asked the Minister of Agriculture, Fisheries and Food if he is satisfied with the working of the Agriculture (Miscellaneous Provisions) Act 1976, so far as it relates to succession to tenancy.
It is clear that the family succession provisions in the 1976 Act have not been in the interests of tenants or landowners. The procedure itself has been working as the Act intended, but, as I forecast during the passage of the Bill, it certainly does nothing to preserve the system.
Does my hon. Friend agree that amendments to the Act are necessary and that to be successful they must enjoy the support of the National Fanners Union and the Country Landowners Association? Will my hon. Friend invite them to a series of meetings under the auspices of the Ministry, to ensure agreement with a view to introducing the necessary legislation during this Parliament?
I am satisfied that the presidents of both the organisations understand the implications. It is important that any alteration is acceptable, so that it is used.
Will the Minister please examine the workings of the Act in Scotland, where it has been operated since before 1976? Is he aware that it has worked satisfactorily, especially for the small tenant farmer? Does he accept that he must not listen to the big boys in the NFU or the Country Landowners' Association? The provisions should, and must, be maintained.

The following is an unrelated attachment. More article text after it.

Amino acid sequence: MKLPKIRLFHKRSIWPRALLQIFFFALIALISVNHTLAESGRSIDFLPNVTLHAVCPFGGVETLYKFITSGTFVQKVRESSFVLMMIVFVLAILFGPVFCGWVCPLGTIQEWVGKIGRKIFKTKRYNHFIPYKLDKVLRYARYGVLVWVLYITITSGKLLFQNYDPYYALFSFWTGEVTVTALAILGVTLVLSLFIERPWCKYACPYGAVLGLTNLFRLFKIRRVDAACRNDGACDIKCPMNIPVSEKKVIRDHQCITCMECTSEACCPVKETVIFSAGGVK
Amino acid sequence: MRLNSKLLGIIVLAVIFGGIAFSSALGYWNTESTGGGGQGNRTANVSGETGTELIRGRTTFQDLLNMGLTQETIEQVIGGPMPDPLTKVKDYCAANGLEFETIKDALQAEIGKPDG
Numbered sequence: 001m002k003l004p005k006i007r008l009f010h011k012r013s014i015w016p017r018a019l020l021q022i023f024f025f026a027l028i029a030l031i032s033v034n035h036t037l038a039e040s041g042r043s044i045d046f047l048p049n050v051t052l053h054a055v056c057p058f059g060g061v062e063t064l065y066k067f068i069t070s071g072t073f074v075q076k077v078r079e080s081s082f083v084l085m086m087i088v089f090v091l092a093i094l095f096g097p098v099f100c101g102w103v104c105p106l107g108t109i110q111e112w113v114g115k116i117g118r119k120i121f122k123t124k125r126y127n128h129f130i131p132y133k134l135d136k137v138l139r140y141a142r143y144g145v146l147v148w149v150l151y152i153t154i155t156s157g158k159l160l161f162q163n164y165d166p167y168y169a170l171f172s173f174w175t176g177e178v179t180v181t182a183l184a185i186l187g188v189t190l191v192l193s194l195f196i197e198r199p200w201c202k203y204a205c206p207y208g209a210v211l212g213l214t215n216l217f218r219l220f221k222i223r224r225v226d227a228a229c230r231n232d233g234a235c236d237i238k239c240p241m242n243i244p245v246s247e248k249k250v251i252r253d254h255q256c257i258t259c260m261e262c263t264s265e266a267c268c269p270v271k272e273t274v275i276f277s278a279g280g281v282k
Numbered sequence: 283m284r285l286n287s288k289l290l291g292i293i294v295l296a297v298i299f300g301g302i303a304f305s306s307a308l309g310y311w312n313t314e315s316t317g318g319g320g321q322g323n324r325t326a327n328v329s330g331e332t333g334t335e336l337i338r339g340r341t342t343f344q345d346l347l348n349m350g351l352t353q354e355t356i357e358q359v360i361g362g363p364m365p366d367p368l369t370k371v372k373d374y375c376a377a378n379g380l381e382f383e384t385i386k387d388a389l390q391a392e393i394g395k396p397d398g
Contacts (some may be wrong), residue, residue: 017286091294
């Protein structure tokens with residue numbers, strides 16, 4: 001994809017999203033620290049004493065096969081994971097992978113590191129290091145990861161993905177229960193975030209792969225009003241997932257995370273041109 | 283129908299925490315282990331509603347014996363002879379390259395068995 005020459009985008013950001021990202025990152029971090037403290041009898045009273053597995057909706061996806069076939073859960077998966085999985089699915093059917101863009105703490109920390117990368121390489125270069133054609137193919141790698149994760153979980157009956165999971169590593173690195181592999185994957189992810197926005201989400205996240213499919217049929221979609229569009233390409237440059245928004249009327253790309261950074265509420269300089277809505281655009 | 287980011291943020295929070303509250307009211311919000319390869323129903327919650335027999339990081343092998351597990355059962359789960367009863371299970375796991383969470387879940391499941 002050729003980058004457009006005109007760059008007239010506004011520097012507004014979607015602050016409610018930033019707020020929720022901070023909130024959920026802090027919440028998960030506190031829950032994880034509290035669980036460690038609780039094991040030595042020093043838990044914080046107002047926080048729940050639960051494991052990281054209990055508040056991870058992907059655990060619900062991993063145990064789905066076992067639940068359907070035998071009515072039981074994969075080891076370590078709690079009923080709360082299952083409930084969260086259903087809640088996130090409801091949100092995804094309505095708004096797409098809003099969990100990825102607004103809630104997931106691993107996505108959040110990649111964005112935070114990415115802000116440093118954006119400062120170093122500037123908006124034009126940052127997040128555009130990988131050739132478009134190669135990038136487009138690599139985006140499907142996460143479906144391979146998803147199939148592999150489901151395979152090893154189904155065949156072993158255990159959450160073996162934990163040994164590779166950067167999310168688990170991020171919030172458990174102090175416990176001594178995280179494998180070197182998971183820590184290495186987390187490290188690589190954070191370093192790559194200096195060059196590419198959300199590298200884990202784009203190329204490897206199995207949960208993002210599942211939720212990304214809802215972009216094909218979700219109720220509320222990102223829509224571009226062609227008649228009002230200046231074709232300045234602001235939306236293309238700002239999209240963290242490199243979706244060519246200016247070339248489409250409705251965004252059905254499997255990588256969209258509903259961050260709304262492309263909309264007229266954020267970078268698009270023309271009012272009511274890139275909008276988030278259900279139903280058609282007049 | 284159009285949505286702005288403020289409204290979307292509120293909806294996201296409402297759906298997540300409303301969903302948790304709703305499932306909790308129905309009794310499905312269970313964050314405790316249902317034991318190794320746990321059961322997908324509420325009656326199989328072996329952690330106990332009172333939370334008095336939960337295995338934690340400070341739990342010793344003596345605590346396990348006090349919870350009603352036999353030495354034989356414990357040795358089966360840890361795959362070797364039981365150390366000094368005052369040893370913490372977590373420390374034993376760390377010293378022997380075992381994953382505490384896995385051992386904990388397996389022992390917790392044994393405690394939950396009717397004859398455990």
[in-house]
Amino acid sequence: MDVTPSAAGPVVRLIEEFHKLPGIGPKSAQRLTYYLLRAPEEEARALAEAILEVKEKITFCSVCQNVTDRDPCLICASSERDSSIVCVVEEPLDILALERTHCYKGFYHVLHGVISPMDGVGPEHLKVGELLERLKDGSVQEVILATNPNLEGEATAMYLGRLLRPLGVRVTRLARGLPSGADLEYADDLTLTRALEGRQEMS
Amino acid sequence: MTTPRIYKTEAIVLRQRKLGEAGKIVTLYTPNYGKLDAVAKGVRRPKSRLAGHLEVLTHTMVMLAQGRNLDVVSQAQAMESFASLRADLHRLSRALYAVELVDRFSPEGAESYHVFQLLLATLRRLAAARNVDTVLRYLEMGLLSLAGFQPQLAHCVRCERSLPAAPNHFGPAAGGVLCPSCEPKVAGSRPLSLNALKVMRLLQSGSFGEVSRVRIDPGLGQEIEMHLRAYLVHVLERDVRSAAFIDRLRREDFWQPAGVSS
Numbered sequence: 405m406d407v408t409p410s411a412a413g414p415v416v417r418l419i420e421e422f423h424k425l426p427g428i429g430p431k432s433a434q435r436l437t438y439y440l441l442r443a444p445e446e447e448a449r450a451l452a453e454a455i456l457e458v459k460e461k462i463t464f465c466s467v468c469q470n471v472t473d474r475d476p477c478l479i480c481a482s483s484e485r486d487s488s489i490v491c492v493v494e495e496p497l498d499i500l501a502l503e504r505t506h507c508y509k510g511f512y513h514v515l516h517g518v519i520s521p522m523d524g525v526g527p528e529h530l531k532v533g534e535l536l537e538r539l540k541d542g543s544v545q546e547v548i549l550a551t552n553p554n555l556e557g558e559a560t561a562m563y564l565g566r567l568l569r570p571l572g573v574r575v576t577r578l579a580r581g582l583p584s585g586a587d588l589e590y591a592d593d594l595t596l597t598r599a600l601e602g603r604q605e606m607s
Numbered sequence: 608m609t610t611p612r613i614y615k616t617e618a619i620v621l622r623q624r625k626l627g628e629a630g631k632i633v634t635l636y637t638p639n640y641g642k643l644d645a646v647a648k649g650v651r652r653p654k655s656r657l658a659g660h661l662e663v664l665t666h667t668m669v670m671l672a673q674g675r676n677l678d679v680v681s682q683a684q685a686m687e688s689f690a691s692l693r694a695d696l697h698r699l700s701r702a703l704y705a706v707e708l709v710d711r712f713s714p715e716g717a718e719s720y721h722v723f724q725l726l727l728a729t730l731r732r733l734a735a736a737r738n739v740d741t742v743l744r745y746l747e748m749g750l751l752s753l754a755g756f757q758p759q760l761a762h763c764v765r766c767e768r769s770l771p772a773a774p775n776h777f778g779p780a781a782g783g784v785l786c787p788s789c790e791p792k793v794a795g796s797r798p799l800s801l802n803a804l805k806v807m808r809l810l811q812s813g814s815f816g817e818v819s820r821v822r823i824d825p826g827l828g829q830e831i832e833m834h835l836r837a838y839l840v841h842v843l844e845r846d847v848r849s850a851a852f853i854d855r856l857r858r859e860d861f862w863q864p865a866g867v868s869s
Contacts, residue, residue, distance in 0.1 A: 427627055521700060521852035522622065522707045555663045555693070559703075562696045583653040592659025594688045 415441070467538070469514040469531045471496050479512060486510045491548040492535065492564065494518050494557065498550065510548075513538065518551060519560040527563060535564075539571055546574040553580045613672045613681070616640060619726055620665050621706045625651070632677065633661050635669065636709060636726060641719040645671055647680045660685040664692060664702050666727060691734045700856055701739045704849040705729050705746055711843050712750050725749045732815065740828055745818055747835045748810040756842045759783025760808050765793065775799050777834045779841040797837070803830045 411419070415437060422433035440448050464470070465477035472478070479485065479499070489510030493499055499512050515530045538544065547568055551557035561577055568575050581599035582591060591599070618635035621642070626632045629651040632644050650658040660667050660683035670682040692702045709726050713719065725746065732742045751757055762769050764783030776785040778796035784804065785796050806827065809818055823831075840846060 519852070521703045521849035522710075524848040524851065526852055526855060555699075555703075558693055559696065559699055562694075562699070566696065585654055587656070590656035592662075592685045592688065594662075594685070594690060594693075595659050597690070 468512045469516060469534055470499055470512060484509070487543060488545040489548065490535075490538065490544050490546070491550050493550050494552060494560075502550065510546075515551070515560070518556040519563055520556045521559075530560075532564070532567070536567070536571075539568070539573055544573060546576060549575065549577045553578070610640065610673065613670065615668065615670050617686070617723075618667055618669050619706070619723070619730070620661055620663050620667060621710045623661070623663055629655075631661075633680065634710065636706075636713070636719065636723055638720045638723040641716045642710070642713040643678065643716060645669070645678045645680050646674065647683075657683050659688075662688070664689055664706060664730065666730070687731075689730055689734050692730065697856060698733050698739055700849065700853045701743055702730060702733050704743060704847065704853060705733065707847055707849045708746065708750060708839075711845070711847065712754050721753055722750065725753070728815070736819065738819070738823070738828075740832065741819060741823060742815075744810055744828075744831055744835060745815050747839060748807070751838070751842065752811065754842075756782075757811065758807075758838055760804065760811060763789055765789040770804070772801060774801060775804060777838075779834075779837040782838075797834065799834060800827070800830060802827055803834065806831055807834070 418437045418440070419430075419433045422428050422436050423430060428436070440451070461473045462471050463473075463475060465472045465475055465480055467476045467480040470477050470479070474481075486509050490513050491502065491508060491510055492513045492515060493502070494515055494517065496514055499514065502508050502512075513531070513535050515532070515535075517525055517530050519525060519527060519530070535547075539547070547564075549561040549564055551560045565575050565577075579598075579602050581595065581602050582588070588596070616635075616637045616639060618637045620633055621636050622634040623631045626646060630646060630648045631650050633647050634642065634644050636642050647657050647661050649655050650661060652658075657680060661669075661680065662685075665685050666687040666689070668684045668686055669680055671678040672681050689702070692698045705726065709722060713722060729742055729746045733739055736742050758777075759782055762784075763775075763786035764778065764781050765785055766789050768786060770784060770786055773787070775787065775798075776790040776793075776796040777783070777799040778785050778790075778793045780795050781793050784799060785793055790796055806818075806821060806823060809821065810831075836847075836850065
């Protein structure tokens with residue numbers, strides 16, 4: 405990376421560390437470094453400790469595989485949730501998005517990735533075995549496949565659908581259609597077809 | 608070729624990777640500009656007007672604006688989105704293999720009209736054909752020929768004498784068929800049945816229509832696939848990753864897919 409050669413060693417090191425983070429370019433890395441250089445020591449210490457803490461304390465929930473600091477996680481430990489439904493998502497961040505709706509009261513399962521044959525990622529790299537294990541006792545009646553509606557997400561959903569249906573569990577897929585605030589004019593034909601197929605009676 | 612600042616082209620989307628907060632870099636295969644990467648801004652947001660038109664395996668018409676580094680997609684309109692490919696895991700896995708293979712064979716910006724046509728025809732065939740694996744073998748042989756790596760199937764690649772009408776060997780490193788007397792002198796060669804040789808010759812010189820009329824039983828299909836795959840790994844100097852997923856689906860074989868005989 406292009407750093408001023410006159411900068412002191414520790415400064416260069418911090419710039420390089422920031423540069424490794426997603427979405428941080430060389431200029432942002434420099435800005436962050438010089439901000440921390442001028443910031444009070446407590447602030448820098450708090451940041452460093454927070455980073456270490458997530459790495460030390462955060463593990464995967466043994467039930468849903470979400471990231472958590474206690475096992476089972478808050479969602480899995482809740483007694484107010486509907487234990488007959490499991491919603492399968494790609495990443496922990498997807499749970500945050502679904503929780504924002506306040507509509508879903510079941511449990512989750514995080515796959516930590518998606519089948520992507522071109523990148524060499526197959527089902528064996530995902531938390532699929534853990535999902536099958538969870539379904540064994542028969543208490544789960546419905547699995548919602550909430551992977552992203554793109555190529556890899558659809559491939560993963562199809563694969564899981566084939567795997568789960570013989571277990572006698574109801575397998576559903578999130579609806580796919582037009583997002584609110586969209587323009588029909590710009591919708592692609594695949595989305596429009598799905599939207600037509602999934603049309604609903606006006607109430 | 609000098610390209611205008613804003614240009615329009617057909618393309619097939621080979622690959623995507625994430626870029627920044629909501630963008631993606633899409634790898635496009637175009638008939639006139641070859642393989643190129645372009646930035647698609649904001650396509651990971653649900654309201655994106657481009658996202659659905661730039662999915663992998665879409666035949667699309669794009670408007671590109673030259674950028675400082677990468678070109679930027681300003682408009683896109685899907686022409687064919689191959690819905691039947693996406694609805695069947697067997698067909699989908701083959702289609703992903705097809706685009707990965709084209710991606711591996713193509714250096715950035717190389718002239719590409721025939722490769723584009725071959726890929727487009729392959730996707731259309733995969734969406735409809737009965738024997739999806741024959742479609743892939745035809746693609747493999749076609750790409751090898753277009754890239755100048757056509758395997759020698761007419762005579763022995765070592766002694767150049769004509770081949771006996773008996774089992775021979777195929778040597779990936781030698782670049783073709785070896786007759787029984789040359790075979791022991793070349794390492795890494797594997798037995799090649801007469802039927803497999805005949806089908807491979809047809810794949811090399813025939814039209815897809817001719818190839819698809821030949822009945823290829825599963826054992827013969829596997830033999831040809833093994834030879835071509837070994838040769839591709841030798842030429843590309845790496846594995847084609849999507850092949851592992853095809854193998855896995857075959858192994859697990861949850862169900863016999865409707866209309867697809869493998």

I am not responsible for what happens in Scotland. However, as in England, few farms are to let in Scotland for new entrants to the industry.
Is my hon. Friend aware of the marked fall in the number of tenancies coming on to the market, and that that is causing great anxiety to young farmers, who cannot see their way ahead?
Any change in the law should provide opportunities, which do not exist at present for young men to enter the industry.
Does the hon. Gentleman appreciate that the answer that he gave earlier will cause dismay to the families of tenant farmers? Is he aware that the measure of security which the last Labour Government gave to the sons of tenant farmers was supported by the NFU, and was long overdue? Is he further aware that any attempt by the Government to undermine that legislation will be resisted ferociously by the Labour Party?
As the hon. Gentleman was one of the authors of that dismay, it is strange that he should criticise us. There are no farms to let, and rents are soaring as a by-product of the previous Labour Government's legislation. There must be a new look at the position if young farmers are to be able to take over farms within their means.